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  • Jan 12, 2010

    Health Care Reform And Medicare

    The Coalition to End the Two-Year Wait for Medicare has sent a letter to the Speaker of the House of Representatives and the Senate Majority Leader giving their views on the pending health care reform legislation. The two year wait that the Coalition's name refers to is the waiting period for Medicare after a person becomes eligible for disability benefits under Title II of the Social Security Act. The waiting period is actually two and a half years since it is on top of a five month waiting period before cash benefits begin that is usually six months because it is five full calendar months.

    The letter is a good summary of the possible effects of the bills going into conference between the House and the Senate. Eliminating the two year waiting period is out of the question at the moment. The main issue is how many of these people will qualify for Medicaid. Here is an excerpt from the letter:
    While both bills have a Medicaid expansion as an essential element in providing coverage to the uninsured, the House bill extends eligibility to people not eligible for Medicare with incomes up to 150 percent of the federal poverty level. The Senate bill’s ceiling on eligibility is set at 133 percent of the federal poverty level. Expanding eligibility for Medicaid will provide people with disabilities living near the poverty level access to comprehensive health coverage with limited cost sharing. Compared to providing coverage through an exchange, expanding Medicaid is both cost-effective and provides a level of benefits that helps eliminate cost as a barrier to care. We urge you to adopt the House bill’s directive to set eligibility for Medicaid at 150 percent of the federal poverty level.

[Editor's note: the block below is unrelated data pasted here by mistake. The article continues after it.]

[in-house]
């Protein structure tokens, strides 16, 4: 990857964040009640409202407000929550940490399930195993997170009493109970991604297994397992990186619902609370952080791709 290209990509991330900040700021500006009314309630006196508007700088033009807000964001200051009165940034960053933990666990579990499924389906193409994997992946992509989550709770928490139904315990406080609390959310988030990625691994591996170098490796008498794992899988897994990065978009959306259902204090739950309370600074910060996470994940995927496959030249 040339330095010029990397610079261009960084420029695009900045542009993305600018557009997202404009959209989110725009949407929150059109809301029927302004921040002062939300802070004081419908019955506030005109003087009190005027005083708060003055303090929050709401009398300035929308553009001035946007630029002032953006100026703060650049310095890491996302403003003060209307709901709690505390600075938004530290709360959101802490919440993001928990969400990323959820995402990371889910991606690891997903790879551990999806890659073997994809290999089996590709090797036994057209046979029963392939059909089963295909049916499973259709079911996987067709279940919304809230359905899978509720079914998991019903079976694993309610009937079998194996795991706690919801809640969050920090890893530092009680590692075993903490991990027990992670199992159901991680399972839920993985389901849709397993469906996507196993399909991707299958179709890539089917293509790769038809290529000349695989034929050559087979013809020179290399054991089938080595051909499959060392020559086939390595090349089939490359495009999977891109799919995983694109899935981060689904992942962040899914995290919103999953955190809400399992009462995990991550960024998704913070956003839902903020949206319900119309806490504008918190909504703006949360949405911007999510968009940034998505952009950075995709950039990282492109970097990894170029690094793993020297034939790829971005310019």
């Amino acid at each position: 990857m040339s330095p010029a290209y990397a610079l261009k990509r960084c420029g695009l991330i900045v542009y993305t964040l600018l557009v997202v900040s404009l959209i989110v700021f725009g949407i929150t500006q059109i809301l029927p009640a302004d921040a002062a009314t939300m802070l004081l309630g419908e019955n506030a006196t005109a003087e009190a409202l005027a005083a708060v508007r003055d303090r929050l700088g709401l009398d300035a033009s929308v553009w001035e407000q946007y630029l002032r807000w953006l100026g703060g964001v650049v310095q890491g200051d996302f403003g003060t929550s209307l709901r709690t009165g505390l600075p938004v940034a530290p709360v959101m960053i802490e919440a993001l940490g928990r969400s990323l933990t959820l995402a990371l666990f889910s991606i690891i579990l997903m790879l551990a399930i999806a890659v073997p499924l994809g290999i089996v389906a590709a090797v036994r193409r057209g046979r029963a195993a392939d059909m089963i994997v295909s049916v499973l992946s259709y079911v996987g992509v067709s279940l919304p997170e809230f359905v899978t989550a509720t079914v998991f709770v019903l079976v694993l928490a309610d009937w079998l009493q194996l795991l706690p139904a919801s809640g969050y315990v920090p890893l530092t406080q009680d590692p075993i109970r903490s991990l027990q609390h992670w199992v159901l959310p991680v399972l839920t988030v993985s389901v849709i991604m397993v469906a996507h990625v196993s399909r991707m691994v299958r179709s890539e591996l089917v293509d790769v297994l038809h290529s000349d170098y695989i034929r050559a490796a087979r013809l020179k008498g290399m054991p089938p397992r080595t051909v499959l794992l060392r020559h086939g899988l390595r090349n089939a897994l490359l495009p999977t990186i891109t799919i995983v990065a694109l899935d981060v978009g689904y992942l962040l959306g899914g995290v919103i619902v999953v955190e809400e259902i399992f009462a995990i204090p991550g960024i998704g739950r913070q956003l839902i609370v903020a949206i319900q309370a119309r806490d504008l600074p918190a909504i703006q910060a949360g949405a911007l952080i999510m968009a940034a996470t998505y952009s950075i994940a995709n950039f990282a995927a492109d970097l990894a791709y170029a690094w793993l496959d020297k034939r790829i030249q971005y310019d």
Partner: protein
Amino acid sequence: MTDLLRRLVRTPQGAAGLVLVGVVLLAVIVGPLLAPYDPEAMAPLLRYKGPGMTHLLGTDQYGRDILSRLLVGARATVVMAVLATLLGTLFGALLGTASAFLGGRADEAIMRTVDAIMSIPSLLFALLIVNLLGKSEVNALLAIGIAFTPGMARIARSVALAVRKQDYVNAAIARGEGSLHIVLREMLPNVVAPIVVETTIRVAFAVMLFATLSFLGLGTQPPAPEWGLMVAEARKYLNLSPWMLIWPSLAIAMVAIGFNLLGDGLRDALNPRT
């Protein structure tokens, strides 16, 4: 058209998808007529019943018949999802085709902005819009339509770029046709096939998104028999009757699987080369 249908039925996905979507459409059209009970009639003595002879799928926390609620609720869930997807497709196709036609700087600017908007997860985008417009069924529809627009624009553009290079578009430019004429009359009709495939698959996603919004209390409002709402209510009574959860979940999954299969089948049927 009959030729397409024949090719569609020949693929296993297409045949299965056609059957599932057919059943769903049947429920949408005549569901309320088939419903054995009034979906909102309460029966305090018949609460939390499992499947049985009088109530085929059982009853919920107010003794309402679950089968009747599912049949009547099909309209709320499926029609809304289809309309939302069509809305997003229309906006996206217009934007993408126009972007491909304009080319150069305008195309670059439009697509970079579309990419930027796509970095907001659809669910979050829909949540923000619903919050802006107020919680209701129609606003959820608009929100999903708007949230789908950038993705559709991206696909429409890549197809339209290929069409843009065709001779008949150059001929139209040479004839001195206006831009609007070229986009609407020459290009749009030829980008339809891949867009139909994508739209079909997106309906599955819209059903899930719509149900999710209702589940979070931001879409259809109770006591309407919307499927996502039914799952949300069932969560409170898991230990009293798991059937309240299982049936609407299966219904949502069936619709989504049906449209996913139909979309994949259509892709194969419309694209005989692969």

The House and Senate bills also differ considerably in the help they provide with premiums and cost-sharing for individuals with limited incomes but above the Medicaid eligibility threshold. For example, under the Senate bill, individuals at 200 percent of the federal poverty level pay a higher share of income in premiums for plans that pay a smaller percentage of health care costs (lower actuarial value) than under the House bill. As a result, people with disabilities and limited incomes could face a combination of high premiums and large deductibles that make cost, even under the new coverage options available through the exchange, a continuing barrier to care. The Senate bill does provide valuable protections worth maintaining in the final bill, including overall caps on out-of-pocket spending and more generous premium subsidies for individuals between 250 percent and 400 percent of the federal poverty level. However, it is essential that the final bill provide affordable coverage to people with disabilities on limited incomes. We urge you to adopt the actuarial values for exchange plans and the premium subsidies for people with limited incomes from the House bill.